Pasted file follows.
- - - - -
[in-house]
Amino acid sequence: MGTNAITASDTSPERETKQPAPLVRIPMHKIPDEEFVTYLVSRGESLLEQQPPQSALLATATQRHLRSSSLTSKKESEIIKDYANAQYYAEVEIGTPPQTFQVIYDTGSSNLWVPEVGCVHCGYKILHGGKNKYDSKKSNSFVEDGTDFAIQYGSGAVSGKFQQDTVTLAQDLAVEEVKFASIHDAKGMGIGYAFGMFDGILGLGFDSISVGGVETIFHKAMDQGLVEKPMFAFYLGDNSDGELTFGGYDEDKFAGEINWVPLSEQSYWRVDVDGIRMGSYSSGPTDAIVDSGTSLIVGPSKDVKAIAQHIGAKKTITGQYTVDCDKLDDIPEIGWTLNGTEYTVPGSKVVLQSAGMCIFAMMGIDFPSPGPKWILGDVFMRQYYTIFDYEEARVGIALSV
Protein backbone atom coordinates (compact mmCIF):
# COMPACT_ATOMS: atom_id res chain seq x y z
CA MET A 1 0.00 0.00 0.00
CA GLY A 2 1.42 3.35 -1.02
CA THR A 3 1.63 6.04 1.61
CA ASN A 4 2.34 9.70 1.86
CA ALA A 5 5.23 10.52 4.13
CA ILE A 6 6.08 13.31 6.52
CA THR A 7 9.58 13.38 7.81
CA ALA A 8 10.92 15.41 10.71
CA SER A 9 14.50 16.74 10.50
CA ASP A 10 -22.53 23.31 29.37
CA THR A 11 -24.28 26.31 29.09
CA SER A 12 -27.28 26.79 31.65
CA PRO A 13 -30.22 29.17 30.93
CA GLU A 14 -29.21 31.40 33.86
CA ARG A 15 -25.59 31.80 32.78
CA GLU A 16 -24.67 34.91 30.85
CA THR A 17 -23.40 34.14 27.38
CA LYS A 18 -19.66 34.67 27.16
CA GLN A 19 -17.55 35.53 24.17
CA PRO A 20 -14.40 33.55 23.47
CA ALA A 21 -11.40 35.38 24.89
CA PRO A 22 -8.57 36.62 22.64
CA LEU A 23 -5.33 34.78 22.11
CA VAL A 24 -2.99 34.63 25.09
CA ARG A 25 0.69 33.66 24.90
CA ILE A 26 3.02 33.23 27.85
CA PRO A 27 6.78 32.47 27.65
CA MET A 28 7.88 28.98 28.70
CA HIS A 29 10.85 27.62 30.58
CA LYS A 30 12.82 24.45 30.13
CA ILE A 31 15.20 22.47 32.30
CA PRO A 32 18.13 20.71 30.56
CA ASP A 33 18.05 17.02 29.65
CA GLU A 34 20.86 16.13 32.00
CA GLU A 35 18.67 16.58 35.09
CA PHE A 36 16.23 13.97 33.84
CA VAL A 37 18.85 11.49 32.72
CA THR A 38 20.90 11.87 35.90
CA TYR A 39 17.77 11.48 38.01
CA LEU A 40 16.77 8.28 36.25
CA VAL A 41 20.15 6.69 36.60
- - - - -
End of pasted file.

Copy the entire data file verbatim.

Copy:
[in-house]
Amino acid sequence: MGTNAITASDTSPERETKQPAPLVRIPMHKIPDEEFVTYLVSRGESLLEQQPPQSALLATATQRHLRSSSLTSKKESEIIKDYANAQYYAEVEIGTPPQTFQVIYDTGSSNLWVPEVGCVHCGYKILHGGKNKYDSKKSNSFVEDGTDFAIQYGSGAVSGKFQQDTVTLAQDLAVEEVKFASIHDAKGMGIGYAFGMFDGILGLGFDSISVGGVETIFHKAMDQGLVEKPMFAFYLGDNSDGELTFGGYDEDKFAGEINWVPLSEQSYWRVDVDGIRMGSYSSGPTDAIVDSGTSLIVGPSKDVKAIAQHIGAKKTITGQYTVDCDKLDDIPEIGWTLNGTEYTVPGSKVVLQSAGMCIFAMMGIDFPSPGPKWILGDVFMRQYYTIFDYEEARVGIALSV
Protein backbone atom coordinates (compact mmCIF):
# COMPACT_ATOMS: atom_id res chain seq x y z
CA MET A 1 0.00 0.00 0.00
CA GLY A 2 1.42 3.35 -1.02
CA THR A 3 1.63 6.04 1.61
CA ASN A 4 2.34 9.70 1.86
CA ALA A 5 5.23 10.52 4.13
CA ILE A 6 6.08 13.31 6.52
CA THR A 7 9.58 13.38 7.81
CA ALA A 8 10.92 15.41 10.71
CA SER A 9 14.50 16.74 10.50
CA ASP A 10 -22.53 23.31 29.37
CA THR A 11 -24.28 26.31 29.09
CA SER A 12 -27.28 26.79 31.65
CA PRO A 13 -30.22 29.17 30.93
CA GLU A 14 -29.21 31.40 33.86
CA ARG A 15 -25.59 31.80 32.78
CA GLU A 16 -24.67 34.91 30.85
CA THR A 17 -23.40 34.14 27.38
CA LYS A 18 -19.66 34.67 27.16
CA GLN A 19 -17.55 35.53 24.17
CA PRO A 20 -14.40 33.55 23.47
CA ALA A 21 -11.40 35.38 24.89
CA PRO A 22 -8.57 36.62 22.64
CA LEU A 23 -5.33 34.78 22.11
CA VAL A 24 -2.99 34.63 25.09
CA ARG A 25 0.69 33.66 24.90
CA ILE A 26 3.02 33.23 27.85
CA PRO A 27 6.78 32.47 27.65
CA MET A 28 7.88 28.98 28.70
CA HIS A 29 10.85 27.62 30.58
CA LYS A 30 12.82 24.45 30.13
CA ILE A 31 15.20 22.47 32.30
CA PRO A 32 18.13 20.71 30.56
CA ASP A 33 18.05 17.02 29.65
CA GLU A 34 20.86 16.13 32.00
CA GLU A 35 18.67 16.58 35.09
CA PHE A 36 16.23 13.97 33.84
CA VAL A 37 18.85 11.49 32.72
CA THR A 38 20.90 11.87 35.90
CA TYR A 39 17.77 11.48 38.01
CA LEU A 40 16.77 8.28 36.25
CA VAL A 41 20.15 6.69 36.60